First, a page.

Jean Baudrillard suggests that the supremacy of the simulacra is a modern development, reality a construction of the U.S. His argument, given the U.S. penchant for breaking and remaking the world in its own image (it is, in the language of Baudrillard, both iconoclast and iconolater), is strong. However, writers, artists, and philosophers have been pondering the reign of illusion for millennia. Plato described the world as a place of simulations that left us wanting. For Shakespeare, the world was a stage of fools; the play was that of an idiot. Goya presented the world as a dream of reason that gave birth to the monsters he painted. Borges (like Shakespeare and also perhaps Goya and Plato) was obsessed with what he refers to in "Tlön, Uqbar, Orbis Tertius" as the "atrocious or banal" idea that reality, as we know it (which is, of course, the only perspective of it that we can have), is fake. The three books under review here, Ian Miller's Faking It, Penny Cousineau-Levine's Faking Death: Canadian Art Photography and the Canadian Imagination, and Paul Matthew St Pierre's A Portrait of the Artist as Australian: L'Oeuvre bizarre de Barry Humphries, can be considered additions to the oeuvre fascinated and troubled by what Borges calls the "phantasmagorias" of our world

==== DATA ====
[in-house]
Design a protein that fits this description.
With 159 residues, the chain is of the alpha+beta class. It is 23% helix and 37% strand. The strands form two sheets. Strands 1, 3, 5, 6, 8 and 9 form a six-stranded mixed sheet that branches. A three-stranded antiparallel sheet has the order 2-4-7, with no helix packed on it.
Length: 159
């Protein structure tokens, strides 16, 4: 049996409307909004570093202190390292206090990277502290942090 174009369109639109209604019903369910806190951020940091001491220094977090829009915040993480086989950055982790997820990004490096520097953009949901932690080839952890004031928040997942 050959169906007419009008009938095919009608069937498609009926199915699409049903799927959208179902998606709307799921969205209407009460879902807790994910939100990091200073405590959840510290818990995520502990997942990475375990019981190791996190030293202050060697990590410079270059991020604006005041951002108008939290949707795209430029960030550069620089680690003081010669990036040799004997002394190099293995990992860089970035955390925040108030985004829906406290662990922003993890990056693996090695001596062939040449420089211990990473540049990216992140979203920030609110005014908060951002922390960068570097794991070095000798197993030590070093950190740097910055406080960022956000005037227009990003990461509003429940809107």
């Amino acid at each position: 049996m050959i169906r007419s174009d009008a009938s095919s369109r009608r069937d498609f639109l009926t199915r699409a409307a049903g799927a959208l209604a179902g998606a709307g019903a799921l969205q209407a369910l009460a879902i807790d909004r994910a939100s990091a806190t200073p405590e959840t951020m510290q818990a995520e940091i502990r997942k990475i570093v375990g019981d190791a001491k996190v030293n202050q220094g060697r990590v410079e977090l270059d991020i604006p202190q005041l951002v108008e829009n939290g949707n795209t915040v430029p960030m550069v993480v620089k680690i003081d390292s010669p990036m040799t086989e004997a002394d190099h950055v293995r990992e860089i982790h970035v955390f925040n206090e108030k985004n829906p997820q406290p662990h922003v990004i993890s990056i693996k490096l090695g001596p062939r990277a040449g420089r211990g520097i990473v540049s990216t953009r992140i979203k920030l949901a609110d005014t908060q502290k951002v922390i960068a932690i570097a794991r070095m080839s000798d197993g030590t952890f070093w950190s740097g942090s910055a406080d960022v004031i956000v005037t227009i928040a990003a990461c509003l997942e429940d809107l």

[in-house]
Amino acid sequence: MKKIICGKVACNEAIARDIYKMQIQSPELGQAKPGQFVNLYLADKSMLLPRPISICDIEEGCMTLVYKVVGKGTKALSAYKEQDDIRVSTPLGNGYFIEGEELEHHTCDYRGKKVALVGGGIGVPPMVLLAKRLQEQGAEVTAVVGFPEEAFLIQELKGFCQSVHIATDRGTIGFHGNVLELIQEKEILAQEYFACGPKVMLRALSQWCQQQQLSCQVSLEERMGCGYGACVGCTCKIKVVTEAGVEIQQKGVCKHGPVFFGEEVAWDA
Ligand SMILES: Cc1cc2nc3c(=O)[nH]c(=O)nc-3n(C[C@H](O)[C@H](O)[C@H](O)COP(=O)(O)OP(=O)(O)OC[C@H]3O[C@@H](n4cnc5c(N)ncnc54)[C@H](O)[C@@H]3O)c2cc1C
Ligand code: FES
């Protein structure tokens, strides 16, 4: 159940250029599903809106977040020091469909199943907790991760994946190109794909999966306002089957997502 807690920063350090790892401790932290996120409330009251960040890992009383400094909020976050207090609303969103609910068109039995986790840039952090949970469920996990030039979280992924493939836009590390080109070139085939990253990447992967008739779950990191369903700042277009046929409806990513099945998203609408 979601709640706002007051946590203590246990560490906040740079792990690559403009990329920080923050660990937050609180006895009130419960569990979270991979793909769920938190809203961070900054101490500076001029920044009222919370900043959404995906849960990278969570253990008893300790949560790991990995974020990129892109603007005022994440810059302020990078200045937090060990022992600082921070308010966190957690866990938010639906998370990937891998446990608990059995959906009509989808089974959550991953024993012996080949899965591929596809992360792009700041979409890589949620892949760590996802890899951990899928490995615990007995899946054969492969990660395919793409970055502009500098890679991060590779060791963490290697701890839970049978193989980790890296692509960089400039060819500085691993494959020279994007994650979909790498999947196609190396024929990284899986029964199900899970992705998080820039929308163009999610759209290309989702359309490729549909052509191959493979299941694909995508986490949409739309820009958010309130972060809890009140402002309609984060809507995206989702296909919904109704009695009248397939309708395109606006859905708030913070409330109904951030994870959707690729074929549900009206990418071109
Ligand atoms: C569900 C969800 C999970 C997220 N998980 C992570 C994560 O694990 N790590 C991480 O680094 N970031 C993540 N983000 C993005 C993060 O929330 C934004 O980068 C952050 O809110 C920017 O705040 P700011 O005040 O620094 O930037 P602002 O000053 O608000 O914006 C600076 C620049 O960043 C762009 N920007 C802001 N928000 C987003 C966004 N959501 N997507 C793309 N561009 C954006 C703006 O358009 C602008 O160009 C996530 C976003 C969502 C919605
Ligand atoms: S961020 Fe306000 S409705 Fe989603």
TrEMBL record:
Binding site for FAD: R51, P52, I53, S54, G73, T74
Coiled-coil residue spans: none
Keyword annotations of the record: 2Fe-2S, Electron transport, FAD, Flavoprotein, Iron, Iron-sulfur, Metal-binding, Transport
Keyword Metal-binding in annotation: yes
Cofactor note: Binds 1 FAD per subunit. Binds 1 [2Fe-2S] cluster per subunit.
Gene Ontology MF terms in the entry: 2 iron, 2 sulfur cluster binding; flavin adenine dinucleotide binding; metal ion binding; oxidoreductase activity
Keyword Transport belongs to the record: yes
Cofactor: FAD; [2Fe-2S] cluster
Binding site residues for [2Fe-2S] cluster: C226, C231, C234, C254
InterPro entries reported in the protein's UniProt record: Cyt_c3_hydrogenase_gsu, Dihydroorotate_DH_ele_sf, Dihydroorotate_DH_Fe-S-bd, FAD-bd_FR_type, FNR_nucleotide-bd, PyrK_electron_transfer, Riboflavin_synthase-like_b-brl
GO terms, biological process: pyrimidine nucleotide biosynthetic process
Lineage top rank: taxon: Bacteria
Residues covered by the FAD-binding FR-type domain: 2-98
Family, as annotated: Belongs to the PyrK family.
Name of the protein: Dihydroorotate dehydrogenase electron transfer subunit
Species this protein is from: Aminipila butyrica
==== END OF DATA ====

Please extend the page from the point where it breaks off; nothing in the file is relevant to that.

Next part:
Field of Research
200204 Cultural Theory
Socio Economic Objective
970120 Expanding Knowledge in Language, Communication and Culture
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